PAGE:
Netherlands (Low Countries) :
VANDEN STEENE (Erasmus), Untitled book containing calligraphy models, c. 1676.
Vanden Steene was a writing teacher in Ghent. Models inspired by the works of early 17th century Dutch masters (like Velde), in gothic cursive and French Batarde. Some pages are taken from his Tresoor (1687).
VANDEN STEENE (Erasmus), Tresoor van diverssche curieuse gheschriften met haere fondamenten, 1687. (Link to an other copy)
The works of a master very inspired by French copybooks. The models mainly show his interpretation of the French ‘Italienne Batarde’ (post 1633)
Netherlands (Low Countries) :
BOISSENS (Cornelis), Groote ende kleine capitalen tot dienst der penn’constlievende, c.1594-1610.
A small book of Gothic capitals.
Van der LAECH (Willem), Exemplaer boeck, 1643.
Van der Laegh was the only specialized script engraver still working in the 1650s in the Republic. He worked for Jean de la Chambre, among others. This was written and engraved by the author, in Amsterdam.
Van der LAECH (Willem), Exemplaer van verscheyde schriften… Vol. 1, 1644.
Is this part of a pair with the previous book (1643) ?
HEUVELMAN (Johannes), Stichtich ABC tot nut der jeucht geschreven, 1659.
Heuvelman was an important and well-known calligrapher, whose name invoked a high standard of calligraphy practice in the early 18th century.
Only two pages. Each page consists of “slips” meant to be cut and copied one by one. There should have been at least 26 slips (one for each letter of the alphabet).
HEUVELMAN (Johannes), Exemplaarboek, c.1660.
Is this the “Kleyn exempel-boeck” cited in the master’s library inventory ?
DUVAL (Nicolas), Le Livre d’écriture & d’Orthographe, 1670.
Containing rules for spelling and writing models.
LANGFORD (Robert), The beauties of Penmanship illustrated in a variety of examples…, 1797.
Langford’s largest copybook, inspired by the works of Tomkins and Champion.
Collection of French writing masters’ plates, c. 1725-1779.
This is a collection of many French copybook plates, some I haven’t seen in other books referenced here. The masters’ names include : Rossignol, Le Boeuf, Alais, Duval, Lesgret, Barbedor, Liverloz, Roland, Senault, Paillasson. The original books were published in the 17th and 18th century. One page from the Universal Penman, by Champion.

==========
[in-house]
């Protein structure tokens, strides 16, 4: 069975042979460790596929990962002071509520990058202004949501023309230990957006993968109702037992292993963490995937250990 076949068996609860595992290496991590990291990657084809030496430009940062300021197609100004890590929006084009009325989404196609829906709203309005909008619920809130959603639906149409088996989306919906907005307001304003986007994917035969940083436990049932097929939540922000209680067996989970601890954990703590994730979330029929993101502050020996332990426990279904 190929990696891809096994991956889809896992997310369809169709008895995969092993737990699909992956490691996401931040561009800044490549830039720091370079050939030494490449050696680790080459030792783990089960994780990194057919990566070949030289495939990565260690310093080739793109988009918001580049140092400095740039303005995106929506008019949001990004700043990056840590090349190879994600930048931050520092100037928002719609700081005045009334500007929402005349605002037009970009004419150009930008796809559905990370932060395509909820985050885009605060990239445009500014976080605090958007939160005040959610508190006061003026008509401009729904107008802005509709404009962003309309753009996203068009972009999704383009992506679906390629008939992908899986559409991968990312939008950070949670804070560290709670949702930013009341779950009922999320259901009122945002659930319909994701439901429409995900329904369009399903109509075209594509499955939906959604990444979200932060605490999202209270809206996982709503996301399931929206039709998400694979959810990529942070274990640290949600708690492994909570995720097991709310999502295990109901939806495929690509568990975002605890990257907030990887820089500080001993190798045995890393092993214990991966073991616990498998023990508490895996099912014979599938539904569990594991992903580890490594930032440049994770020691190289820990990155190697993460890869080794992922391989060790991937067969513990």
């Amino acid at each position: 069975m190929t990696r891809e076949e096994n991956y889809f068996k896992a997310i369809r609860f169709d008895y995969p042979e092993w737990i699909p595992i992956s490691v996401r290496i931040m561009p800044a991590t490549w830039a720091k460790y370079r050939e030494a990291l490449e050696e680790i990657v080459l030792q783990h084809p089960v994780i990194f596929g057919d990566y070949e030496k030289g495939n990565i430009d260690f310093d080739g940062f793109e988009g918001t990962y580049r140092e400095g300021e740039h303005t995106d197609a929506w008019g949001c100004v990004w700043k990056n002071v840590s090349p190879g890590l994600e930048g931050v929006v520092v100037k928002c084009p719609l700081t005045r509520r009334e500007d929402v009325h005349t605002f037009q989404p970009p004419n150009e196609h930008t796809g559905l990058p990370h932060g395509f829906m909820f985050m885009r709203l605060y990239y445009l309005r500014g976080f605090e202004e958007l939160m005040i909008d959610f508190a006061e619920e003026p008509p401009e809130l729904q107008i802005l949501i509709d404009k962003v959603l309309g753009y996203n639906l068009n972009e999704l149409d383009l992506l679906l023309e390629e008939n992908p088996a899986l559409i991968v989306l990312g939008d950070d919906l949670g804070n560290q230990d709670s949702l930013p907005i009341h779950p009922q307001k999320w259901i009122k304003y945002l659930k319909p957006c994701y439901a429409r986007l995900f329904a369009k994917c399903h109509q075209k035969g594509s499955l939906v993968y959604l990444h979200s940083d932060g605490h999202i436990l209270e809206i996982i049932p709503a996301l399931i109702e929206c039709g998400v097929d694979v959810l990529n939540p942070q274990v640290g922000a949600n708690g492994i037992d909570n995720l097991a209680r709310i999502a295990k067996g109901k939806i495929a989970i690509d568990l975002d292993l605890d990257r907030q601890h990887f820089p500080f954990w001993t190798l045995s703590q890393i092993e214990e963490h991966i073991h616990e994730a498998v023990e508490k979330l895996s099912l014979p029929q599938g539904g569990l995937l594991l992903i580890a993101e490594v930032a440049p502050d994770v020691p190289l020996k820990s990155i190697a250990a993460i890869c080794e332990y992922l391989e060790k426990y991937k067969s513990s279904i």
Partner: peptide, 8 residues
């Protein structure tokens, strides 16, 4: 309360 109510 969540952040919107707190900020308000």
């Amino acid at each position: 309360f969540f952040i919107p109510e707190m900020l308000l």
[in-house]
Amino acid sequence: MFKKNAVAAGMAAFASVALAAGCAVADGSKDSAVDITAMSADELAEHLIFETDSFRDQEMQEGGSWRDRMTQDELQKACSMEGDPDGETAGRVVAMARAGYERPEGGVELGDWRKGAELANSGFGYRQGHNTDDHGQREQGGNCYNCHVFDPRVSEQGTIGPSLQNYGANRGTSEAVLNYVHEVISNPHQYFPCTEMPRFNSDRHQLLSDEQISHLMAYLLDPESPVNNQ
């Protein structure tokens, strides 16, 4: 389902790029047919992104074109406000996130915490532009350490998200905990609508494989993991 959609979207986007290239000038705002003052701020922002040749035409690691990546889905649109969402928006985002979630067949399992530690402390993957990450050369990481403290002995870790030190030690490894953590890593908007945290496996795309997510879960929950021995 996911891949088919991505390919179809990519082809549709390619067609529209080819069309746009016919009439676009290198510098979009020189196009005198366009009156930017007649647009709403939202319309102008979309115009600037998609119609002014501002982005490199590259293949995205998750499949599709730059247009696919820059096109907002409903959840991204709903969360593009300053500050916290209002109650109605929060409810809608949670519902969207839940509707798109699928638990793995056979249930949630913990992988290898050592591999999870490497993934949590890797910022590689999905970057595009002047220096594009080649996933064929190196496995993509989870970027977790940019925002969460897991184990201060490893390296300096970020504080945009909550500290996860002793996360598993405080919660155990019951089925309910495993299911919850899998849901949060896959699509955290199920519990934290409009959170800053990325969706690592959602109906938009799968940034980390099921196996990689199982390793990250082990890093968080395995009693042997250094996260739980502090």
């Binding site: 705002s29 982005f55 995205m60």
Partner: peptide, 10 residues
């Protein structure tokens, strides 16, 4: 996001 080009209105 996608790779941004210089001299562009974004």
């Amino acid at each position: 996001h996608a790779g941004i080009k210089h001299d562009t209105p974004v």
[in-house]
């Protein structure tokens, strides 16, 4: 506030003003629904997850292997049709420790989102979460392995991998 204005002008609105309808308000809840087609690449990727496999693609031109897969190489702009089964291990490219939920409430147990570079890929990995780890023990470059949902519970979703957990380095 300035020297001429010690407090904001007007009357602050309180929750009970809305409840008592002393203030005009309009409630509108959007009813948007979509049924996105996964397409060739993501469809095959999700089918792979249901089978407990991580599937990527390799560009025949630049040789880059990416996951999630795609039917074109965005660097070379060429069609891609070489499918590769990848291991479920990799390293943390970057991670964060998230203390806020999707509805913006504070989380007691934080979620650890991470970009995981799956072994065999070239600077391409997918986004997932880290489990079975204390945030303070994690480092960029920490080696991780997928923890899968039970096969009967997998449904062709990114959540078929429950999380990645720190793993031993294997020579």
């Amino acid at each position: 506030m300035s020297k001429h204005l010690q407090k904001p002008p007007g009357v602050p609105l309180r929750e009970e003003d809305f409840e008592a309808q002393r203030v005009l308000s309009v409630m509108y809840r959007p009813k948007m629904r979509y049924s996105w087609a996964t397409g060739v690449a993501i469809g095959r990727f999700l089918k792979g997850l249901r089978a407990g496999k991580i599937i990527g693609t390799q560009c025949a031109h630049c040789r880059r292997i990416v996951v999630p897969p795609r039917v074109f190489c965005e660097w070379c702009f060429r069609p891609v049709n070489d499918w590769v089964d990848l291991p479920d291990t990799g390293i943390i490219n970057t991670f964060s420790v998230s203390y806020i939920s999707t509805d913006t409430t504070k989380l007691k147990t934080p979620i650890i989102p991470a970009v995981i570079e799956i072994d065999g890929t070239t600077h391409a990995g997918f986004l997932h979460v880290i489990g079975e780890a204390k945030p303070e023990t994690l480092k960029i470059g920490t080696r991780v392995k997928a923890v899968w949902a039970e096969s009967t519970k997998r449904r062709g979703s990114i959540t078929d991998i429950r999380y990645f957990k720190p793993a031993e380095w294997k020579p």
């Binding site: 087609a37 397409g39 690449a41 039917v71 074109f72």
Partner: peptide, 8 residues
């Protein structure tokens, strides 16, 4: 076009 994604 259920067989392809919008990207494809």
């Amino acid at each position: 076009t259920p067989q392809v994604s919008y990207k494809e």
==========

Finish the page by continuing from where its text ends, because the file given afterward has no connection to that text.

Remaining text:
TRESSE (l’aîné), Fables moralisées en quatrins, 18th century.
According to the title page, Tresse was a teacher of writing and mathematic in Paris. This book includes drills and basic principles as well as writing models.
DA CARPI (Ugo), Thesauro de scrittori, 1535.
Ugo Da Carpi was a Roman printmaker, known for his works in woodblock printing. He had engraved Arrighi’s Operina and later printed his own version including the second part Il modo…
This book is described as an anthology of foereign alphabets, “extracted from celebrated authors”, including Fanti, Arrighi and Tagliente. There were various editions of this book, not all containing the same models.
SCALZINI (Marcello, “Il Camerino”), Varie e diverse maniere di lettere cancelleresche, correnti, formate et formatelle, c. 1575.
A manuscript copybook kept in the Vatican Library. This was judged “a mediocre performance” by James Wardrop (who participated in the revival of the Chancery in England). I will note that Scalzini was just 19 at the time. In any case, this gives us an opportunity to see the difference between handwritten and engraved models.
DA MONTE REGALE (Conretto), Vn novo et facil modo d’imparar’ a scriuere, 1576.
Conretto was a writing master and teacher of arithmetic and geometry. His models are similar to Cresci’s, but he was less talented.
CRESCI (Francesco), Il Perfetto Cancellaresco Corsivo, 1579.
The third part of Cresci’s works. No fancy borders this time, but some very cursive examples of his “cancellaresca moderna”.
CURIONE (Ludovico), Il Cancelliere…, 1582.
Curione was with Scalzini, seen as a rival of Cresci. Their works were the most important contemporary influences in Italy, the Netherlands and in France, in the last two decades of the 16th century. In this book printed from engraved copperplates, you will see some beautiful examples of the cursive chancery hand. Curione published his 4 books in a weird order, he had them all ready in 1582 but probably couldn’t afford all publications at once. This is n°4 (see title page).